I sometimes struggle with the word transformation. Not because I’m afraid of change. I’m one of these odd people who tends to be pretty routine in my day-to-day life, and yet I like to mix things up from time to time.

The word bothers me because my constant challenge in life has been to love and accept myself as I am. There’s always been this underlying fear that I’m not good enough. I need to improve, be better. For most of my life, I didn’t realize just how much I doubted myself. Self-doubt became an unrecognized driving force.

As a result, I launched into many self-improvement campaigns, all of which more or less fizzled into nothing. To this day, I struggle with a condition known as tension myositis syndrome (TMS). It’s a psychogenic condition that causes real physical symptoms, such as chronic pain, gastrointestinal issues, and fibromyalgia.

I believe TMS, as it manifests in my life, stems from an emotional program for happiness, as Father Thomas Keating would have put it. I have a habit of seeking acceptance and esteem through people pleasing and trying to be all things to everyone.

So, I drive myself to prove I’m worthy and good, and that driven part of me absolutely loves the idea of transformation.

Yes, transform me, change me into something instantly lovable and good. Please. Do it now!

The problem with this approach is it doesn’t take into account that I’m already good and lovable just the way I am.

In fact, when the desire to transform ourselves is based on an underlying belief we’re not good enough, that very belief necessarily thwarts our efforts to make positive changes.

I mean, how can someone who isn’t good enough possibly ever get it right?

See what I’m saying?

For me, learning to love and accept myself is the greater challenge. Yet, as Cynthia Bourgeault has pointed out, Christian spirituality is urgently and irrevocably set upon the total transformation of the human person. This intrigues me.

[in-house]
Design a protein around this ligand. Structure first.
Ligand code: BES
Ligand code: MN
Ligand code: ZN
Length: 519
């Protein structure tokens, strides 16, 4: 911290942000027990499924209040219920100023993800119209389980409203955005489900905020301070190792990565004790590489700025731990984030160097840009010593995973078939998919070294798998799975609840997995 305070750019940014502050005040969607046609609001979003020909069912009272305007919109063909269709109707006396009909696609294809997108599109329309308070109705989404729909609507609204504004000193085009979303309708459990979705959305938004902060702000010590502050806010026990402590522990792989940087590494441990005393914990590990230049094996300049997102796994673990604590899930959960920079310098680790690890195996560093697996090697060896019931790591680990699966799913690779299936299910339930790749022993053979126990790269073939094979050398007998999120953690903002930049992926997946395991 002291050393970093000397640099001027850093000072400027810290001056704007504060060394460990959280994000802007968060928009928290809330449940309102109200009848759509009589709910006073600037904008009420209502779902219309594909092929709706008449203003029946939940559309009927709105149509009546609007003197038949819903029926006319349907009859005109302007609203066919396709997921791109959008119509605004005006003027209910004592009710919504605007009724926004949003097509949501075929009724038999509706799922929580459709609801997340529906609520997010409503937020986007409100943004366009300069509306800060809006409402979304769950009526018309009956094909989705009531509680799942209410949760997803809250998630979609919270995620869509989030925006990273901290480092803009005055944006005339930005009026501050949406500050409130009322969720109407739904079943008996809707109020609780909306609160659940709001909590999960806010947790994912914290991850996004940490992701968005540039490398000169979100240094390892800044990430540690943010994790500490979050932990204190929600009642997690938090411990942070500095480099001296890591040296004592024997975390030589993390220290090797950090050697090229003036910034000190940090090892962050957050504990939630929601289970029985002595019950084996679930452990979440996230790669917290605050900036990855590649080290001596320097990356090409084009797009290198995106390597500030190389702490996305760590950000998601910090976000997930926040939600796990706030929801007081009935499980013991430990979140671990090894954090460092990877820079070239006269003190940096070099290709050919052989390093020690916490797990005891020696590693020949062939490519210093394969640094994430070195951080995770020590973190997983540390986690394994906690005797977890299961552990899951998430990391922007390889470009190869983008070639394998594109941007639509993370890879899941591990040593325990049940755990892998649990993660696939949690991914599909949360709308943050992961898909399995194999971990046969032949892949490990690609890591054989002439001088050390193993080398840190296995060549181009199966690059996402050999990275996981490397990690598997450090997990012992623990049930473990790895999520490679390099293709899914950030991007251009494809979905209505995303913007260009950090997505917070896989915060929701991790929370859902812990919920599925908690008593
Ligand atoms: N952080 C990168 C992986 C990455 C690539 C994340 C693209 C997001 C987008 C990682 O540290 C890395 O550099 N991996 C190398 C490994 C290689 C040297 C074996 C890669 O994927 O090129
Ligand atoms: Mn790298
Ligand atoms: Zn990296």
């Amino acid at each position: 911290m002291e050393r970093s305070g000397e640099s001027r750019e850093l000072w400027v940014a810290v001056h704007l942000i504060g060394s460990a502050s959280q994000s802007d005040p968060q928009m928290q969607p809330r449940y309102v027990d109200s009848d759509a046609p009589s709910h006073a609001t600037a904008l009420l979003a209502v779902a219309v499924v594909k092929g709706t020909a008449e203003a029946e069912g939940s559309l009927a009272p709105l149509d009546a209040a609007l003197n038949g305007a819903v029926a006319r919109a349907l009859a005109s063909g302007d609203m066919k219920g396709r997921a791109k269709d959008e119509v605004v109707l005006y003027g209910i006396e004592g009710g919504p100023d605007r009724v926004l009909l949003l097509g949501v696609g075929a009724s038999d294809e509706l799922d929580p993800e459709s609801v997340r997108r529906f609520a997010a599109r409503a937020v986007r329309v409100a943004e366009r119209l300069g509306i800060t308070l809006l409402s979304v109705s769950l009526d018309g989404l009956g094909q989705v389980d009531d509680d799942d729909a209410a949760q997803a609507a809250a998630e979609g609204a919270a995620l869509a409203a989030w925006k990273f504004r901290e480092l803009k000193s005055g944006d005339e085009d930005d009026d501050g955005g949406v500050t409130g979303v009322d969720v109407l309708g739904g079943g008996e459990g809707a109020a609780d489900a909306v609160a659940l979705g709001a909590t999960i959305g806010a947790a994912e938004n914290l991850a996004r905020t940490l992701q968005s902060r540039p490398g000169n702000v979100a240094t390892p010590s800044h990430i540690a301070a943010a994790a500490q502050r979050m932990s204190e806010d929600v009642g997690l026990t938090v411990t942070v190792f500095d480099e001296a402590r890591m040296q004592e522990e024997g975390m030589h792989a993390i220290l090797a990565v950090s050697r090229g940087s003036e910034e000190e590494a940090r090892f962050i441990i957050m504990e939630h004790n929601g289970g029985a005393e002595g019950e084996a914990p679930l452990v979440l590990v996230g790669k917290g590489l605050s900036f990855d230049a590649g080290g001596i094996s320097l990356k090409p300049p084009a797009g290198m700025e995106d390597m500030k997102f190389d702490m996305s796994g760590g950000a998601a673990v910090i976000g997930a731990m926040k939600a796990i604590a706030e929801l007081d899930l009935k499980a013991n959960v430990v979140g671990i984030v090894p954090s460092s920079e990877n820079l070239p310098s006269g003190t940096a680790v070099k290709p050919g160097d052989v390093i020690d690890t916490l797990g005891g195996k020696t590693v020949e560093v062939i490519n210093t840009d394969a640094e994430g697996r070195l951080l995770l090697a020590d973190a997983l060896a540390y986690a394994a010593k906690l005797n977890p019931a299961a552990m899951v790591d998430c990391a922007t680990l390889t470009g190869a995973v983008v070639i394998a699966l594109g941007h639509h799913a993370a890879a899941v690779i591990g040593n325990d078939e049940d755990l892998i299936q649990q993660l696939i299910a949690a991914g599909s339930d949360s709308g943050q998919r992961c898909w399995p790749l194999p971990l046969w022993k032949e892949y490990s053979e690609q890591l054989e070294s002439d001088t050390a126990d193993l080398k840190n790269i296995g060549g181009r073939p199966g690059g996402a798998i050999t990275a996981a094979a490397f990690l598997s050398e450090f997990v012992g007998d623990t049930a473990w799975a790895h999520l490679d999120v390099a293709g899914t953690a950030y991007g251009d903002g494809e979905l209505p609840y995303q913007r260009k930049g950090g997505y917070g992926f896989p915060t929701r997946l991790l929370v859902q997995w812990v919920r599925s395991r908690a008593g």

Following Jesus implies – no – it demands transformation.

You should not be surprised at my saying, “You must be born again.” John 3:7

Very truly I tell you, unless a kernel of wheat falls to the ground and dies, it remains only a single grain. But if it dies, it produces many seeds. John 12:24

If any of you want to be my followers, you must turn from your selfish ways, take up your cross, and follow me. If you try to hang on to your life, you will lose it. But if you give up your life for my sake, you will save it. Matthew 16:24-25

Feeling resistant, I prayed about this. Lord, how am I to understand this call to transformation?

The response was immediate and clear.

Being transformed isn’t about being made better, my child. It’s about being made whole.

The next day God reminded me again.

I do not wish to change you, my child, only to complete you – to complete what I started in you.

For the last several days, I’ve been sitting with this idea of transformation as completion, being made whole in God. My sense is that God doesn’t want to change who I am, but rather make me more perfectly who I am. I think I can live with that.

I thank God for always meeting us where we’re at. Gently, kindly, lifting us up. Bringing us into the Divine embrace. One day, one prayer at a time.

Praise be.

I wonder. What does transformation mean to you? Scroll down and leave a comment if you have any thoughts about this.

Going Further

Consider this from Father Thomas Keating:

Interior silence is one of the most strengthening and affirming of human experiences. There is nothing more affirming, in fact, than the experience of God’s presence. That revelation says as nothing else can, “You are a good person. I created you and I love you.” Divine love brings us into being in the fullest sense of the word. It heals the negative feelings we have about ourselves. (Open Mind, Open Heart p. 66)

Take a listen to this song:

Read Cynthia Bourgeault’s excellent book on Centering Prayer and Inner Awakening.

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